Space Spider Dies in D.C. After 100 Days On International Space Station [VIDEO]
Arachnophobes rejoice! One less spider in the world ...
Nefertiti the space spider died in Washington D.C. at the Smithsonian Institution's National Museum of Natural History. The space spider, or 'spidernaut,' was sent to the International Space Station as part of a student-submitted science project to test whether or not jumping spiders could hunt and catch flies in microgravity.
Bad news arachnophobes. Jumping spiders do just fine in space. NASA astronaut Sunita Williams observed the space spider during it's 41 million mile journey around the Earth and said Nefertiti had no problems catching fruit flies.
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"She is sort of scary; in fact I am so glad I am not a fruit fly," Williams told collectspace.com. "I opened up the habitat and actually saw her running around at full speed looking for something to eat. It was difficult to even get a steady picture. Then a fruit fly came out, Nefertiti stopped, she stalked and then she pounced. It was amazing to see this with my own two eyes."
The space spider died in D.C. after less than two weeks in the Smithsonian's 'Insect Zoo.' Officials said the space spider's death was from natural causes, Nefertiti was 10 months old and her species, Jumping Johnson spiders, typically live for about one year. (Although it could have been boredom that killed her because catching flies in zero Gs is probably the greatest thing ever if you're a jumping spider.)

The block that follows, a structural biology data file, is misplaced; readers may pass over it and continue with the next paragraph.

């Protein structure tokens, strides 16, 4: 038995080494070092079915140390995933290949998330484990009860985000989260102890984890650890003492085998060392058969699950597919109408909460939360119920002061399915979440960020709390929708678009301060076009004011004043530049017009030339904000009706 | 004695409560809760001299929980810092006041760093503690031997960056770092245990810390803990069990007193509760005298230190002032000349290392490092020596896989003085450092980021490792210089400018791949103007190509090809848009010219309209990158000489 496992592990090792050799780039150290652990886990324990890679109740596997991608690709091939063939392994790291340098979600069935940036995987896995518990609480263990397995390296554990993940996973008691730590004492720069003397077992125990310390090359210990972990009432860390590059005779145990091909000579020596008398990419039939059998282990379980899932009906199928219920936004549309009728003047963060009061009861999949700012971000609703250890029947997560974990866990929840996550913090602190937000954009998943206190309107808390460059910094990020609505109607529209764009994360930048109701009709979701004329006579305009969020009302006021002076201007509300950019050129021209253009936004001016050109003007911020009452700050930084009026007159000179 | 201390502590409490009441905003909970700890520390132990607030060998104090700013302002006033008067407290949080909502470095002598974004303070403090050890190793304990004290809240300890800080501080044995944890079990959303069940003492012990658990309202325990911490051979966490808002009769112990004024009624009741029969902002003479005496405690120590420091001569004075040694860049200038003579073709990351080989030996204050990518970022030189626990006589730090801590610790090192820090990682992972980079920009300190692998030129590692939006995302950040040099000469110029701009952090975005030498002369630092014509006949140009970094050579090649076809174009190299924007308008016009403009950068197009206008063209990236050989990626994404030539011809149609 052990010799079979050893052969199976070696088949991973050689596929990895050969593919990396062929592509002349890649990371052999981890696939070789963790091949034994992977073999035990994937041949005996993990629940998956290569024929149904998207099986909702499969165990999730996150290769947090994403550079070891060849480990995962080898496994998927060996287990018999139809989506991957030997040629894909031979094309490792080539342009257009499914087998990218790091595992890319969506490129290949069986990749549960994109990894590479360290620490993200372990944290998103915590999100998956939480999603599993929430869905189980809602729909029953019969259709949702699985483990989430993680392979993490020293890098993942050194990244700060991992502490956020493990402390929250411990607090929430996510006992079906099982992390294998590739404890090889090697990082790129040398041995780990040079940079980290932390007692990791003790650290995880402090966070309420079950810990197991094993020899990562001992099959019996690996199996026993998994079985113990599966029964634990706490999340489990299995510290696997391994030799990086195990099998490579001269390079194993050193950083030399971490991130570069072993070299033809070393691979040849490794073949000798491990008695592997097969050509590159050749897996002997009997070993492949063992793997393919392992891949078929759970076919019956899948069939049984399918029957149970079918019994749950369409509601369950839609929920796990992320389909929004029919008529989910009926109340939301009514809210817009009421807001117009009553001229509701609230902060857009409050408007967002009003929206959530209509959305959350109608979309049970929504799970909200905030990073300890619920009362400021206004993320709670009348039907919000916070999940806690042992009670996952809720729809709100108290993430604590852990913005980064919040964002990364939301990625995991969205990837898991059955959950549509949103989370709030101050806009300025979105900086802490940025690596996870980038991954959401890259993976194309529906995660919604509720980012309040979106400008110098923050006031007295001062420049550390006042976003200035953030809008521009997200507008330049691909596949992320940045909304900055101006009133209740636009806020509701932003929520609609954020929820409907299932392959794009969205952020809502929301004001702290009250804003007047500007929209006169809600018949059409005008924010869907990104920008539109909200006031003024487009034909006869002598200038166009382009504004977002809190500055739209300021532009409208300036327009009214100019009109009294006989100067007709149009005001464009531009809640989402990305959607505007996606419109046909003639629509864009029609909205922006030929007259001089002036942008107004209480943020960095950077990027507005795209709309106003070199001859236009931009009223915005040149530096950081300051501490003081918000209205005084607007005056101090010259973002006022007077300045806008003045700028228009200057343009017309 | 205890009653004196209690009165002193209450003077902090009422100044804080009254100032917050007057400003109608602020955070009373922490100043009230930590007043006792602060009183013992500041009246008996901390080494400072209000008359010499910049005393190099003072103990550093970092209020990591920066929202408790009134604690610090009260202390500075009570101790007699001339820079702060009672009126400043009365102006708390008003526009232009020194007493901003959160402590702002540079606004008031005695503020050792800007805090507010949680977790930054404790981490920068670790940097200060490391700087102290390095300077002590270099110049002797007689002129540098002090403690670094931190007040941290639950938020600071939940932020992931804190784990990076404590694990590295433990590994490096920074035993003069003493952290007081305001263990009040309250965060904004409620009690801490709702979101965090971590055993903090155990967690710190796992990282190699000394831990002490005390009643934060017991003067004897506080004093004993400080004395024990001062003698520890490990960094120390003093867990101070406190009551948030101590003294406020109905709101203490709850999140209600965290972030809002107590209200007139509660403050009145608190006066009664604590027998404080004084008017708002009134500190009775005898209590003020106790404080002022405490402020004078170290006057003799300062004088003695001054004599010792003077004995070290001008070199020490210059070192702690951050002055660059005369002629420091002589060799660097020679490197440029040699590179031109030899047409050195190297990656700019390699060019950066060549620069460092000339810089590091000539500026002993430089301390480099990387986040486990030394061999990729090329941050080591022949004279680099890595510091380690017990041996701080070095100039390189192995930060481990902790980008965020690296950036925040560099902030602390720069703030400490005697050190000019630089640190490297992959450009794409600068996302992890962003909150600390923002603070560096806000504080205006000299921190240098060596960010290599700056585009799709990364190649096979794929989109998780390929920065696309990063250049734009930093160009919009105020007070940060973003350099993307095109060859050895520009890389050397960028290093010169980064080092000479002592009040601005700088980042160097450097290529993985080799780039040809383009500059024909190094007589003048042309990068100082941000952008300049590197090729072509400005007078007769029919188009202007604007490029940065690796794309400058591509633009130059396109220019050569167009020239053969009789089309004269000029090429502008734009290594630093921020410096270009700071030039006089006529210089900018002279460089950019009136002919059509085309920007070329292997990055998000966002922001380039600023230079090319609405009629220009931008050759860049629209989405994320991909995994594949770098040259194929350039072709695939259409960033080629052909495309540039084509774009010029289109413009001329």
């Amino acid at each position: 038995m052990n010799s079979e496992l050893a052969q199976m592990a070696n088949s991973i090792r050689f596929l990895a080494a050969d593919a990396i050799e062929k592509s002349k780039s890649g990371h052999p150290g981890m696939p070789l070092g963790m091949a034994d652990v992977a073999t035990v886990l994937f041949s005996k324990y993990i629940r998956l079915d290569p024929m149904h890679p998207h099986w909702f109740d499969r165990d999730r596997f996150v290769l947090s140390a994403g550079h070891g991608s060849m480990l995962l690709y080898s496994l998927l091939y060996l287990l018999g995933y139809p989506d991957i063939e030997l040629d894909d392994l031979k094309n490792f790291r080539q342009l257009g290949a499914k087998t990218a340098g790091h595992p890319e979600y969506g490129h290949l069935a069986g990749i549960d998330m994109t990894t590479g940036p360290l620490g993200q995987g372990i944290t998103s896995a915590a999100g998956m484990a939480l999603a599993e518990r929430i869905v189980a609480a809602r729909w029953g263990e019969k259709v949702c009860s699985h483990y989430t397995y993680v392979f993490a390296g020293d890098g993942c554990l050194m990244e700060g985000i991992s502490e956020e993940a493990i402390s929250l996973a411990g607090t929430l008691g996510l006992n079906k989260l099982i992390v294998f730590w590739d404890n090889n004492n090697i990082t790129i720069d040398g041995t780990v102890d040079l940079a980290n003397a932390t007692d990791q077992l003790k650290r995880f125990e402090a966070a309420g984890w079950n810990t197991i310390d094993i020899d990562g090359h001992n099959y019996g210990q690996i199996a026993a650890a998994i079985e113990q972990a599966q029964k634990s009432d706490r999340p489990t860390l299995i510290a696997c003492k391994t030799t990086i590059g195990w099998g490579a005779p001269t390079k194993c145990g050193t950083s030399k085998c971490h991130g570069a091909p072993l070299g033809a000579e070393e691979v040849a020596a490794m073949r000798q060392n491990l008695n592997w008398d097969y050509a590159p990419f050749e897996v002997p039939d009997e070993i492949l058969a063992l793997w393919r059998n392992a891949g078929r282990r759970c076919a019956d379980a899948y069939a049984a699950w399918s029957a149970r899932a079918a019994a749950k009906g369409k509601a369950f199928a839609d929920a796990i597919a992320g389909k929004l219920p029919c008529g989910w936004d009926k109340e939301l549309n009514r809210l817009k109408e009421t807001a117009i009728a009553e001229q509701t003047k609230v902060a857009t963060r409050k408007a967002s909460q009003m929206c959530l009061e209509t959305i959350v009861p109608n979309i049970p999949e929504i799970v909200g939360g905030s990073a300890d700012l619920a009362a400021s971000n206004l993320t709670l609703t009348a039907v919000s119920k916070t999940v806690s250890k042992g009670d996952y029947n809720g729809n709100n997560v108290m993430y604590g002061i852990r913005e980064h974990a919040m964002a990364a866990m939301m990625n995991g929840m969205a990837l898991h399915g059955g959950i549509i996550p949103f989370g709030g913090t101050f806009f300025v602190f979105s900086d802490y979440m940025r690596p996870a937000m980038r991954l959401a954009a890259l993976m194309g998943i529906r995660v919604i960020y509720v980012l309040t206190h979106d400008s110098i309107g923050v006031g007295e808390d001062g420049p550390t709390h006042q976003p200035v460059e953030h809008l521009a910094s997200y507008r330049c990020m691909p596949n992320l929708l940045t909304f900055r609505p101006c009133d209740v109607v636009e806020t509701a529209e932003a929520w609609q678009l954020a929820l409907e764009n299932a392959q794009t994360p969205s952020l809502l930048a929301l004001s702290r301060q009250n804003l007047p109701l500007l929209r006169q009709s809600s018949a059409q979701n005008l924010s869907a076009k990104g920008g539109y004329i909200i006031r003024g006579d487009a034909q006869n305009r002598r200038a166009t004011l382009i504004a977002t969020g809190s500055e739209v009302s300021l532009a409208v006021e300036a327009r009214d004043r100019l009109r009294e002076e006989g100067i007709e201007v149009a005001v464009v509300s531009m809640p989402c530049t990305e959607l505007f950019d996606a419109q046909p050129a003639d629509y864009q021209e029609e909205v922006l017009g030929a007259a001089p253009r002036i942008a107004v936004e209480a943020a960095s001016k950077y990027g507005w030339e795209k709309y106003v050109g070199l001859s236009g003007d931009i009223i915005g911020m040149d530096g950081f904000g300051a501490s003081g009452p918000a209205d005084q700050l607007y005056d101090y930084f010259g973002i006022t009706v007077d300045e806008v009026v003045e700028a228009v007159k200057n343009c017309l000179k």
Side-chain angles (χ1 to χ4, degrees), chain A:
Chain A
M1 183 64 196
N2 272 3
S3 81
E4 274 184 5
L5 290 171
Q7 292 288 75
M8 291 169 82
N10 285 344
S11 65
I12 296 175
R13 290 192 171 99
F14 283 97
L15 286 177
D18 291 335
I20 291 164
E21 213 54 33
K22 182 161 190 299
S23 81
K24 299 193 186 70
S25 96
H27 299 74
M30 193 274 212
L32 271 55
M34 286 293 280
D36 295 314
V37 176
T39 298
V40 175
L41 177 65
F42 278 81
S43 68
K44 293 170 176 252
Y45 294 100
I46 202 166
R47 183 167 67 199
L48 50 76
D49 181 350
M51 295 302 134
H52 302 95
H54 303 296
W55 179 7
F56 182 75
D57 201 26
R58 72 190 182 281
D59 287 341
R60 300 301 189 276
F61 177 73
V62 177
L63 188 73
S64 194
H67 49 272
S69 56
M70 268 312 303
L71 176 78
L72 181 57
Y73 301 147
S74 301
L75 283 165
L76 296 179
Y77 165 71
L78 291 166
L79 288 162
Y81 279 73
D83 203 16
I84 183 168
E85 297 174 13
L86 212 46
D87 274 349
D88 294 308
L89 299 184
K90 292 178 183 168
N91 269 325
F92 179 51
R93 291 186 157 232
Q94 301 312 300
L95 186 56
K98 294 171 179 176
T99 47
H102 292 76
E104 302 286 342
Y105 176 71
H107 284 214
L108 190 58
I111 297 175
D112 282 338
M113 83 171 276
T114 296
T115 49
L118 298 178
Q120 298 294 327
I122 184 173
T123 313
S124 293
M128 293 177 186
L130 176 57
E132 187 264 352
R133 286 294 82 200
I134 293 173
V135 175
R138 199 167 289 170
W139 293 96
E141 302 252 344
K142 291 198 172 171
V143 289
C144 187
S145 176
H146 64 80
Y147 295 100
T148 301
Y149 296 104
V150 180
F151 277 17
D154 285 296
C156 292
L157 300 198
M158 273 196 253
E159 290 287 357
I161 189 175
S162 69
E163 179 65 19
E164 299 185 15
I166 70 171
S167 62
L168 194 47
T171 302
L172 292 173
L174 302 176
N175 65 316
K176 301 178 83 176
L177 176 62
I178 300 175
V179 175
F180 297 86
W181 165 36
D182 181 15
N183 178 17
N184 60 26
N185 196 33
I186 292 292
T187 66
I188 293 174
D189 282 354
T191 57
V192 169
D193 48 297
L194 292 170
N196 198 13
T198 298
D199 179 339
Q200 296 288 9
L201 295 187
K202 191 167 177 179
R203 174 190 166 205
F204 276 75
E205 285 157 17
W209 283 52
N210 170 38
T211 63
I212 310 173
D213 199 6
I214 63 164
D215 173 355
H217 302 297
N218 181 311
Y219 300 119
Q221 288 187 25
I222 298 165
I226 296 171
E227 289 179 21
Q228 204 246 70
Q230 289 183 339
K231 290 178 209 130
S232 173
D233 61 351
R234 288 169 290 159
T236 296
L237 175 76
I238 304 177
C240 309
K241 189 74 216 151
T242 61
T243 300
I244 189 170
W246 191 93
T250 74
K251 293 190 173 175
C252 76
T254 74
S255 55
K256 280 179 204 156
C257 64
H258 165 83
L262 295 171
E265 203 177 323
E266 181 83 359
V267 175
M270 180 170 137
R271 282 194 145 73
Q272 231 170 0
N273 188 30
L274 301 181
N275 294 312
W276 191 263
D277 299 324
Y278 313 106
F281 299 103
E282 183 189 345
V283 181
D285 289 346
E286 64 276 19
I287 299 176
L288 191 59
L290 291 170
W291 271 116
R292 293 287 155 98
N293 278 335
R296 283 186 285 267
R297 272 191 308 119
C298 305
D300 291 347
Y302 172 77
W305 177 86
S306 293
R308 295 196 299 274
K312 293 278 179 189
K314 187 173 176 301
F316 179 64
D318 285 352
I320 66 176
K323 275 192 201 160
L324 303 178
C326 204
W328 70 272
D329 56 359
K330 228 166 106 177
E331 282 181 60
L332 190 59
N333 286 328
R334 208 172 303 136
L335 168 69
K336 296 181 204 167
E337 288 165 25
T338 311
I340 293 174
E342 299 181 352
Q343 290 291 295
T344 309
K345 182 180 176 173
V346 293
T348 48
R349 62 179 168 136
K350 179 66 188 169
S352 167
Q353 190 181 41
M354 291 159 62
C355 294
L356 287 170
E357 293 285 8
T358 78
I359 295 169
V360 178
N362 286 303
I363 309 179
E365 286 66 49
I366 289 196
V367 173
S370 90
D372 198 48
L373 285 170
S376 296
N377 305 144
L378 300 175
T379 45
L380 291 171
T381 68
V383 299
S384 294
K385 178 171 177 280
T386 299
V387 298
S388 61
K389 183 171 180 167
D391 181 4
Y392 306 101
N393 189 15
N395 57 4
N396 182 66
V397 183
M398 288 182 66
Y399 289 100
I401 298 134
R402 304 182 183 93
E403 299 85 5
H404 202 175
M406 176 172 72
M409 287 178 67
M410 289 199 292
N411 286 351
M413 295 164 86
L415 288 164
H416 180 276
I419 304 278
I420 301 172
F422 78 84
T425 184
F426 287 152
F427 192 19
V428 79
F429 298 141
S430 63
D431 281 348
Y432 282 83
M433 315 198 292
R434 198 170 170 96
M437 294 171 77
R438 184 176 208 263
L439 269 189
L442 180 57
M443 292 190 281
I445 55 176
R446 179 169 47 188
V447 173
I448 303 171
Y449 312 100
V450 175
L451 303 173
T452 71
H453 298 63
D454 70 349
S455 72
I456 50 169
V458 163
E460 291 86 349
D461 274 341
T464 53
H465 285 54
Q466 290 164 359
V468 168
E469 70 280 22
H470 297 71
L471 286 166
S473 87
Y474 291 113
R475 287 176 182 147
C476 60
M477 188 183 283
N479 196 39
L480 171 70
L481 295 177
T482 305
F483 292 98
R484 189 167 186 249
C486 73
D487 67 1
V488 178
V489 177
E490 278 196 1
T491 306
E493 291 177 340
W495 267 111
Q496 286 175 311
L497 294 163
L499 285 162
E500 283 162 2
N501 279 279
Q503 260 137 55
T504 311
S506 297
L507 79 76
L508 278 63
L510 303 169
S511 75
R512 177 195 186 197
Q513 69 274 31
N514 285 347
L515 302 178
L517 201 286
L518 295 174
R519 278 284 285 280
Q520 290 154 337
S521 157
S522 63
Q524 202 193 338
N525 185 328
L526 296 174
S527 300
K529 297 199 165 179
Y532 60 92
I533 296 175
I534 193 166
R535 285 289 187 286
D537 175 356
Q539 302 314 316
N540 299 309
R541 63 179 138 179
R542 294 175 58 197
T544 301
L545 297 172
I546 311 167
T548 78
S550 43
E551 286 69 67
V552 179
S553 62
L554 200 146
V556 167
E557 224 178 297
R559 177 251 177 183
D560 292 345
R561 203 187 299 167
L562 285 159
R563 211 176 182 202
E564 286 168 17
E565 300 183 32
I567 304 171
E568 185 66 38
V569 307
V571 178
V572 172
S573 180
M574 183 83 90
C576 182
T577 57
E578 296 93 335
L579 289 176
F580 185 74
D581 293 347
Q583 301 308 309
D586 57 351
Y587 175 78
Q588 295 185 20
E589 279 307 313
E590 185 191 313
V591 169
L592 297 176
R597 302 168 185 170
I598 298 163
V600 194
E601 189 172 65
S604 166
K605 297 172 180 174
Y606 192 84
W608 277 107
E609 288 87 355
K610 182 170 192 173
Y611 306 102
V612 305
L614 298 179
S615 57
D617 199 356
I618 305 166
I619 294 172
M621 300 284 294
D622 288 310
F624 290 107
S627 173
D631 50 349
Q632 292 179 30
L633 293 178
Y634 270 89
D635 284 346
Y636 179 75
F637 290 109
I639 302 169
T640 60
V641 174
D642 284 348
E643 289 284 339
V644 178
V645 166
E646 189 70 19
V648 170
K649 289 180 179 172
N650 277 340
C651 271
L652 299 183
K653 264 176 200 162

Nefertiti the space spider was the first hunting spider to go to space. NASA has taken spiders into space before but they were web-building spiders. Most recently, two golden orb spiders were taken aboard the ISS to observe web building behavior in space.
Since the space spider died in D.C., officials are expected to put her body on display at the museum. She will be the third spidernaut to be displayed for the public. Anita and Arabella, two female cross spiders, were taken aboard Skylab in 1973 and were the first spiders taken into space. Both space spiders died in orbit. Anita is now on display at the Air and Space Museum's northern Virginia annex, the Steven F. Udvar-Hazy Center, in its McDonnell Space Hangar. Meanwhile, Arabella was loaned and exhibited at the U.S. Space and Rocket Center in Huntsville, Ala.
Nefertiti was named after the great Egyptian queen in honor of Amr Mohamed, the student who submitted the project through the YouTube Space Lab and is a native of Alexandria, Egypt.
The Smithsonian said on its Facebook page that the loss of Nefertiti, "a special animal that inspired so many imaginations," would be felt throughout the museum community.
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